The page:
Bonds are subject to interest-rate, credit, liquidity, call and market risks, to varying degrees. Generally, all other factors being equal, bond prices are inversely related to interest-rate changes and rate increases can cause price declines. Municipal income may be subject to state and local taxes. Some income may be subject to the federal alternative minimum tax (AMT) for certain investors. Capital gains, if any, are taxable. The amount of public information available about municipal securities is generally less than that for corporate equities or bonds. Legislative changes, as well as state and local economic and business developments, may adversely affect the yield and/or value of municipal securities. Other factors include the general conditions of the municipal securities market, the size of the particular offering, the maturity of the obligation, and the rating of the issue. Income for national municipal funds may be subject to state and local taxes. Income may be subject to state and local taxes for out-of-state residents.

The Bloomberg Barclays U.S. Corporate Investment Grade Index is an unmanaged index consisting of publicly issued U.S. Corporate and specified foreign debentures and secured notes that are rated investment grade (Baa3/BBB or higher) by at least two ratings agencies, have at least one year to final maturity and have at least $250 million par amount outstanding. The Bloomberg Barclays U.S. Municipal Bond Index covers the USD- denominated long-term tax-exempt bond market. The Bloomberg Barclays U.S. Taxable Municipal Bond Index covers the U.S.-denominated long- term taxable municipal bond market. Bonds must have an amount outstanding par value of US$7mm, issued as part of a transaction of at least $75mm. Bonds must be rated investment grade using the middle rating of Moody’s, S&P and Fitch; when a rating from only two agencies is available, the lower is used; when only one agency rates a bond, that rating is used.The Bloomberg Barclays 10-Year U.S. Treasury Index is a universe of Treasury bonds, and used as a benchmark against the market for long-term maturity fixed income securities. The index assumes reinvestment of all distributions and interest payments.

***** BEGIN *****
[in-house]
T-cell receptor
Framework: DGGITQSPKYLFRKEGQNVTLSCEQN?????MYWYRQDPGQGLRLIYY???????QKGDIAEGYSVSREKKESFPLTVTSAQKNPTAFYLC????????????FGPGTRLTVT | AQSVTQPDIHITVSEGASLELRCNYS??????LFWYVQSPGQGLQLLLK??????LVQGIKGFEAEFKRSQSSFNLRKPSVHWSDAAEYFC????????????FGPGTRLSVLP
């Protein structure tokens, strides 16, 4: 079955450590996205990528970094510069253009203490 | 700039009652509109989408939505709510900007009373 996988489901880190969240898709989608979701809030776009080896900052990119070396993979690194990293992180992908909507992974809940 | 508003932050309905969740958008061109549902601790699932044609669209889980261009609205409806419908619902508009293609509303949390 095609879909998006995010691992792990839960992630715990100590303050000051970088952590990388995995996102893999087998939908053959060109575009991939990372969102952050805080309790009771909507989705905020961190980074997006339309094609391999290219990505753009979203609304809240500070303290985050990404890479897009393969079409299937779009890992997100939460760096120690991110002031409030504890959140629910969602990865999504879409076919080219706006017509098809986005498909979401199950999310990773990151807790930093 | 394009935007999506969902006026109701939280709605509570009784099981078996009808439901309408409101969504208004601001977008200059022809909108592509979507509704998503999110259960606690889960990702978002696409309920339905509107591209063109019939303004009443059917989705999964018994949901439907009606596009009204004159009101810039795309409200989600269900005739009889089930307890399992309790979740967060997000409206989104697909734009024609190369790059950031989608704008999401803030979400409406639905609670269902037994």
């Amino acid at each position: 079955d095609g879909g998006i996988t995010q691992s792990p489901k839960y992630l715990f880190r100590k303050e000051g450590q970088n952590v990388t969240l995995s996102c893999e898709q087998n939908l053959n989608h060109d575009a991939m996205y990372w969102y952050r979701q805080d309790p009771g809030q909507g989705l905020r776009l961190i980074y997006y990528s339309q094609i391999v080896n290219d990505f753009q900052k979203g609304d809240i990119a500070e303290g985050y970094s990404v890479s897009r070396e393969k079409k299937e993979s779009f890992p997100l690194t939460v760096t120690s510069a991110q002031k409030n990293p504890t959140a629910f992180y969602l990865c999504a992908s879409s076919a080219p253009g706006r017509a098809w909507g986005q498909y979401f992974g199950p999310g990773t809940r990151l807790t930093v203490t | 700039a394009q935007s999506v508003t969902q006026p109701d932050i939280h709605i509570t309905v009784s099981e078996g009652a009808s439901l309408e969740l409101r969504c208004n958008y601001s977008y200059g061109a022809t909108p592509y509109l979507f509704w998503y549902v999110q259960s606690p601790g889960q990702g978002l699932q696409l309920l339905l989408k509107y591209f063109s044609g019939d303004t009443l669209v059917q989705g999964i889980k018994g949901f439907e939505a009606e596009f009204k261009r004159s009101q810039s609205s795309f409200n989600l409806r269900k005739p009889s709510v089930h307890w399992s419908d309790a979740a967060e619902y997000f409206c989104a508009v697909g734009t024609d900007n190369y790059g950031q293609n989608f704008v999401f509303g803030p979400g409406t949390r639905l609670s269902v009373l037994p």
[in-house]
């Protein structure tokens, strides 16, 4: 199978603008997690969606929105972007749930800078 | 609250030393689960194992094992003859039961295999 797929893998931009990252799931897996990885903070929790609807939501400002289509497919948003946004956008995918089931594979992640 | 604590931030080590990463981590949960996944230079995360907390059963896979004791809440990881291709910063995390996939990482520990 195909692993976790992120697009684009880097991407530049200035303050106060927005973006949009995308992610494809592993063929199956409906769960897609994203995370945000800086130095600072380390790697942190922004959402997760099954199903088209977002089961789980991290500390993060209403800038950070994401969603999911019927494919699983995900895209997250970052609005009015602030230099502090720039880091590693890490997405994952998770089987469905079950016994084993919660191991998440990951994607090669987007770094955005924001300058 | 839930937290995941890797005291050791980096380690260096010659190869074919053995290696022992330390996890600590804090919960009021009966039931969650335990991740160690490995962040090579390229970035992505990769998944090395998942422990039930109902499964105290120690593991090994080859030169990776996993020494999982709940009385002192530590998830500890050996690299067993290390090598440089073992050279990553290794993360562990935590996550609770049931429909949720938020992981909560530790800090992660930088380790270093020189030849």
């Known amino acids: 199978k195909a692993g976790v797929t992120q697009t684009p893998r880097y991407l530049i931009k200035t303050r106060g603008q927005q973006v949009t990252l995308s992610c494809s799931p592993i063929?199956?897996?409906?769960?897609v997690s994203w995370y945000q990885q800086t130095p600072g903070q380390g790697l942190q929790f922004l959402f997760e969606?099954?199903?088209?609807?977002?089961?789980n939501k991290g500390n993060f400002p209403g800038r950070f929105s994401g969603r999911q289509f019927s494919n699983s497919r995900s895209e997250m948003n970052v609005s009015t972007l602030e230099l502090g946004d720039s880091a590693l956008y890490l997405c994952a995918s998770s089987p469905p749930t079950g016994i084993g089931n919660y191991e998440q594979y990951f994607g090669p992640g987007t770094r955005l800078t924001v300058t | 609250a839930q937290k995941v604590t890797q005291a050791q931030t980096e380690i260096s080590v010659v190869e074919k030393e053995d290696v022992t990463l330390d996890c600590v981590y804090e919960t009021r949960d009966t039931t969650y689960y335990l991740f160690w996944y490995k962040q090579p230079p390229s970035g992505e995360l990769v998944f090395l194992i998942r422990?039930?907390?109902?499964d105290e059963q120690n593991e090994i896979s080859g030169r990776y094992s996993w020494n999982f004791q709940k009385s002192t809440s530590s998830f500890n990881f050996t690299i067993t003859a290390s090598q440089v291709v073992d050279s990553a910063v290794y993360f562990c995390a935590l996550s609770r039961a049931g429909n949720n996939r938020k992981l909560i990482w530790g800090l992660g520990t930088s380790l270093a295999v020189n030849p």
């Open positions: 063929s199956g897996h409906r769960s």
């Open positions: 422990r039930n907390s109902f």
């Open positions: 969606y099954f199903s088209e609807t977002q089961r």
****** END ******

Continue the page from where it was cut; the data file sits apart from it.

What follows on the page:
This material has been distributed for informational purposes only and should not be considered as investment advice or a recommendation of any particular investment, strategy, investment manager or account arrangement. Information contained herein has been obtained from sources believed to be reliable, but not guaranteed. Please consult a legal, tax or investment advisor in order to determine whether an investment product or service is appropriate for a particular situation. No part of this material may be reproduced in any form, or referred to in any other publication, without express written permission. The Dreyfus Corporation, Standish Mellon Asset Management Company LLC (Standish) and MBSC Securities Corporation are companies of BNY Mellon. ©2017 MBSC Securities Corporation, Distributor, 225 Liberty Street, 19th Fl., New York, NY 10281.